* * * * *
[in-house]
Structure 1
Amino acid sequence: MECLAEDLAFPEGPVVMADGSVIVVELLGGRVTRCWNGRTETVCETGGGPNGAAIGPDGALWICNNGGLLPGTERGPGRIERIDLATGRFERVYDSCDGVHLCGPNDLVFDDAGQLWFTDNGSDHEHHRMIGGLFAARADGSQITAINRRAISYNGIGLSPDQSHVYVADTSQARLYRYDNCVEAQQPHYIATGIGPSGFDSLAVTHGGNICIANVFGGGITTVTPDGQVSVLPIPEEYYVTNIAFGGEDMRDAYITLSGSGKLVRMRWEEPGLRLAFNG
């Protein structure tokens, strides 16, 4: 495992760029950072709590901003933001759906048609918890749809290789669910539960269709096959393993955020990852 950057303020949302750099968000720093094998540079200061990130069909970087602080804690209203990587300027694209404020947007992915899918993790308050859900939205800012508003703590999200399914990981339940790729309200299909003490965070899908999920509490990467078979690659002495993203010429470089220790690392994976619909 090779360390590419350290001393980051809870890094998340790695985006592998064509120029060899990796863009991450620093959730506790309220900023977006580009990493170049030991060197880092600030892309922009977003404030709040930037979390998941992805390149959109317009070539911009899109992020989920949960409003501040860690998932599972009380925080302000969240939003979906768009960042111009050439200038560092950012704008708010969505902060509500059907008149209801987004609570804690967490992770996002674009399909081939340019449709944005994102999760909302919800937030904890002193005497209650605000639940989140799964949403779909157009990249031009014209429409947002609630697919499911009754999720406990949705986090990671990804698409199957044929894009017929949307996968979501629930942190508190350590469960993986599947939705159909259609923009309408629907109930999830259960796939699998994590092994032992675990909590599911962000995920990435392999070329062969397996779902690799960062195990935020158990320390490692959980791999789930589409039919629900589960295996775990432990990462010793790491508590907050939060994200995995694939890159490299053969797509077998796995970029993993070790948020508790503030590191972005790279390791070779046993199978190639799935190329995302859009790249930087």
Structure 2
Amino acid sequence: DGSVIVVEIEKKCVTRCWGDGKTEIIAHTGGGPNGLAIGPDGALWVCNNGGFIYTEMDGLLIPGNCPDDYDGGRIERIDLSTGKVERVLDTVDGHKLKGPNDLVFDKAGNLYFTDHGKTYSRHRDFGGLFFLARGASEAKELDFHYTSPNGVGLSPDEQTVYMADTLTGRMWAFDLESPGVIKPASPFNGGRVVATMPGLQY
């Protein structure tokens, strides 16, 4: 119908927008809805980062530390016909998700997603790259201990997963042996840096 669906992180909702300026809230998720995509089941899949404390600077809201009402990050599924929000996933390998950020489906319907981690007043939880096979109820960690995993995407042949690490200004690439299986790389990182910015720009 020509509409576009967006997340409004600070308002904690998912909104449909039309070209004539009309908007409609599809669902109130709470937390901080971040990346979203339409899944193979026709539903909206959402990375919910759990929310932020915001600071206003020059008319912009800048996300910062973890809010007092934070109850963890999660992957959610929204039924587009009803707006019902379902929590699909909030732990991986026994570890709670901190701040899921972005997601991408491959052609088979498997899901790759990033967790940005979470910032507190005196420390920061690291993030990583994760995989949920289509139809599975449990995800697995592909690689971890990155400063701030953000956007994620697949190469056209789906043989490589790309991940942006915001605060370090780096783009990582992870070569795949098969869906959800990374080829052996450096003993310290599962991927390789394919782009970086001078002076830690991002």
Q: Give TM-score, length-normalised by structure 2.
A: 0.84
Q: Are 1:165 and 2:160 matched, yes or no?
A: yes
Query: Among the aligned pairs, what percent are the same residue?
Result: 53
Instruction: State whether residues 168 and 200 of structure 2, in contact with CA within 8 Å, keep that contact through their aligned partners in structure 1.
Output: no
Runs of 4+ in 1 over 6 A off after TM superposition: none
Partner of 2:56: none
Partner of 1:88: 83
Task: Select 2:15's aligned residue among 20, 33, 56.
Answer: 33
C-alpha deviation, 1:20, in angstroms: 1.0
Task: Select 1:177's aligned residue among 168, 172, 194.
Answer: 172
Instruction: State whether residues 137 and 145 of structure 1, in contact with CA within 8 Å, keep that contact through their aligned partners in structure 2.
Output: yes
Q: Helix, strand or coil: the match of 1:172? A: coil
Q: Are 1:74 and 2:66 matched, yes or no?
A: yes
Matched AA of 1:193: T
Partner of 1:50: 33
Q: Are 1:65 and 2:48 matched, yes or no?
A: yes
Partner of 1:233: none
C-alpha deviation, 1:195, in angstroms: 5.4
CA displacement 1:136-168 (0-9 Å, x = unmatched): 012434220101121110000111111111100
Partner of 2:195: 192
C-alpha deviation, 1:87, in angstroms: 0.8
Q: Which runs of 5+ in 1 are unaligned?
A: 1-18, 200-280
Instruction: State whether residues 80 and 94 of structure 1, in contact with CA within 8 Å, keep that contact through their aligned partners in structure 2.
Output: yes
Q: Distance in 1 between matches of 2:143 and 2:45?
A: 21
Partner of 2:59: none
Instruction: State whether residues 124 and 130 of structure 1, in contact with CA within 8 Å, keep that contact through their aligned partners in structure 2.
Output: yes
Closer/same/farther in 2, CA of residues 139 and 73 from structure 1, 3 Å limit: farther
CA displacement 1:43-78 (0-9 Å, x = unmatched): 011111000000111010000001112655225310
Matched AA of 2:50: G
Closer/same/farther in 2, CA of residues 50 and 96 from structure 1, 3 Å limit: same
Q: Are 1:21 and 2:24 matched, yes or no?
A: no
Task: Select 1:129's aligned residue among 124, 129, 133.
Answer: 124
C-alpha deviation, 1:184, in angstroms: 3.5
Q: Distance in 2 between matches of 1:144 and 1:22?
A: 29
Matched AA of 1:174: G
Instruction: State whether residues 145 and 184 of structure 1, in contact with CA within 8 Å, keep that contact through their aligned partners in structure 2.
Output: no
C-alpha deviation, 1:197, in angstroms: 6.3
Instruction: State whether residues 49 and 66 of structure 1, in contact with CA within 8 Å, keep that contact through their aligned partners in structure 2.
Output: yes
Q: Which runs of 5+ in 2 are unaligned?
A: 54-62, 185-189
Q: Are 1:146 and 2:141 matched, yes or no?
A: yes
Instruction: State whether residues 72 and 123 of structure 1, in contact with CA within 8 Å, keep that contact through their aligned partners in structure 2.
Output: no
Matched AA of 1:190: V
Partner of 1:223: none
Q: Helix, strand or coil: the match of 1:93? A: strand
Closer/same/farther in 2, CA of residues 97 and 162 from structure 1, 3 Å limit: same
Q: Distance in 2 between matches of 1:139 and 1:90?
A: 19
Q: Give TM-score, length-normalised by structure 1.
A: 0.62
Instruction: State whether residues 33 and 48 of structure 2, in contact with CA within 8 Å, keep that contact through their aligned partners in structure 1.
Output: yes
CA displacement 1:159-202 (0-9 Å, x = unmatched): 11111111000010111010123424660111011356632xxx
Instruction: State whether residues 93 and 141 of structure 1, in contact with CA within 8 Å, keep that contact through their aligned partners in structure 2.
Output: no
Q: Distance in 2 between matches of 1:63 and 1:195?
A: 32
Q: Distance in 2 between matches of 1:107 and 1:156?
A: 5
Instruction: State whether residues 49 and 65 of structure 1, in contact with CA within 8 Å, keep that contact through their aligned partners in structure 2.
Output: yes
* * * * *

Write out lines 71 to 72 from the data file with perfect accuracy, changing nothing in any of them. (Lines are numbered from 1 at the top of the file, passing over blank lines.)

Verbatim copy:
Partner of 1:223: none
Q: Helix, strand or coil: the match of 1:93? A: strand